History, English and science students performed better in the relevant class assessments when the study materials were printed in Comic Sans Italicized, Haettenschweiler or Monotype Corsiva than did the pupils who learned from the original teachers' fonts.
Feb 21, 2011
...the arbitrary nature of the unit in which information is expressed.
Feb 17, 2011
Feb 16, 2011
In 1958, B.F. Skinner and Erich Fromm attended the same California symposium. Skinner found that Fromm “proved to have something to say about almost everything, but with little enlightenment,” and “when he began to argue that people were not pigeons, I decided that something had to be done”:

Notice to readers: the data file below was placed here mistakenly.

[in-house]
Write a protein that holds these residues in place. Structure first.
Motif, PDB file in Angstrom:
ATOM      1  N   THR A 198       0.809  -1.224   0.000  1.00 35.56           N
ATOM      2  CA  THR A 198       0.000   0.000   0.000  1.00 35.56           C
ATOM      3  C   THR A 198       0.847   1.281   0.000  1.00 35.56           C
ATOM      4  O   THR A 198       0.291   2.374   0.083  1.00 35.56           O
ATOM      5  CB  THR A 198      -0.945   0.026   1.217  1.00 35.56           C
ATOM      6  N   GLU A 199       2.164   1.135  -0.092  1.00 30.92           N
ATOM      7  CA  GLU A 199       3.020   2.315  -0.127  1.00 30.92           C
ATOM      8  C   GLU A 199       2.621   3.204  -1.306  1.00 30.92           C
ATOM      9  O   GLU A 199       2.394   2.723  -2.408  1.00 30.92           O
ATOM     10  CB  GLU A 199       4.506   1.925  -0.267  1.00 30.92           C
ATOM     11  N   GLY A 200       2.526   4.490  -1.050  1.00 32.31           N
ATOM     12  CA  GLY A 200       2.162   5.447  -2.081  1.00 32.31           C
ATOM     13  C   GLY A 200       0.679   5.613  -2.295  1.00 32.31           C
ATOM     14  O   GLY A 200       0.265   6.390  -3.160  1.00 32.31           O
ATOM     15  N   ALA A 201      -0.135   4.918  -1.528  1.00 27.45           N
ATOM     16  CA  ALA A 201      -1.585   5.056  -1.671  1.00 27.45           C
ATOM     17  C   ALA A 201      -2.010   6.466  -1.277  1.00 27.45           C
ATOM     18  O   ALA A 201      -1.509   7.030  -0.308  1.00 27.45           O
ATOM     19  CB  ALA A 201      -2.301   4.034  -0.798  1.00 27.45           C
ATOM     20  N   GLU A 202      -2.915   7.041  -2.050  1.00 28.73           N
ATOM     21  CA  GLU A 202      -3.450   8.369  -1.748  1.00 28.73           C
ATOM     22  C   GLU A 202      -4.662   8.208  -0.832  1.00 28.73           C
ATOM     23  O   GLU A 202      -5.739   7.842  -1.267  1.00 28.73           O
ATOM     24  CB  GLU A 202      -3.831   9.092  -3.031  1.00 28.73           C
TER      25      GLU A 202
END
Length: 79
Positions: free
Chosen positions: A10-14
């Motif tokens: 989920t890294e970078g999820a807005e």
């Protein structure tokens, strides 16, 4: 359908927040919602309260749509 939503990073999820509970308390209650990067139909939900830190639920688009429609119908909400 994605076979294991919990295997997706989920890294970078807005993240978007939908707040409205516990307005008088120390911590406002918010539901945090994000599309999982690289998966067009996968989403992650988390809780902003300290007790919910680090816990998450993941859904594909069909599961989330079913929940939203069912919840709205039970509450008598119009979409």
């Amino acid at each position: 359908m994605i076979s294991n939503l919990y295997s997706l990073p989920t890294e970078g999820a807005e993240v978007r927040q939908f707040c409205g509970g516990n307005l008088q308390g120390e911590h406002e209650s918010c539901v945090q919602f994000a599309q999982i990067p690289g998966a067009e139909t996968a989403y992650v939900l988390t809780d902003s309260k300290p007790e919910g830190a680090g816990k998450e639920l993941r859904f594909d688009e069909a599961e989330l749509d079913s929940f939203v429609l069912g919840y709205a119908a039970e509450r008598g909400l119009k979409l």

"On a scrap of paper I wrote ‘Watch Fromm’s left hand. I am going to shape a chopping motion’ and passed it down the table to Halleck Hoffman. Fromm was sitting directly across from the table and speaking mainly to me. I turned my chair slightly so that I could see him out of the corner of my eye. He gesticulated a great deal as he talked, and whenever his left hand came up, I looked straight at him. If he brought the hand down, I nodded and smiled. Within five minutes he was chopping the air so vigorously that his wristwatch kept slipping out over his hand. (...) It was an unfair trick, but Fromm had angered me — first with his unsupported generalizations about human behavior and then with the implication that nothing better could be done if ‘people were regarded as pigeons.’”
From Skinner’s 1983 memoir A Matter of Consequences.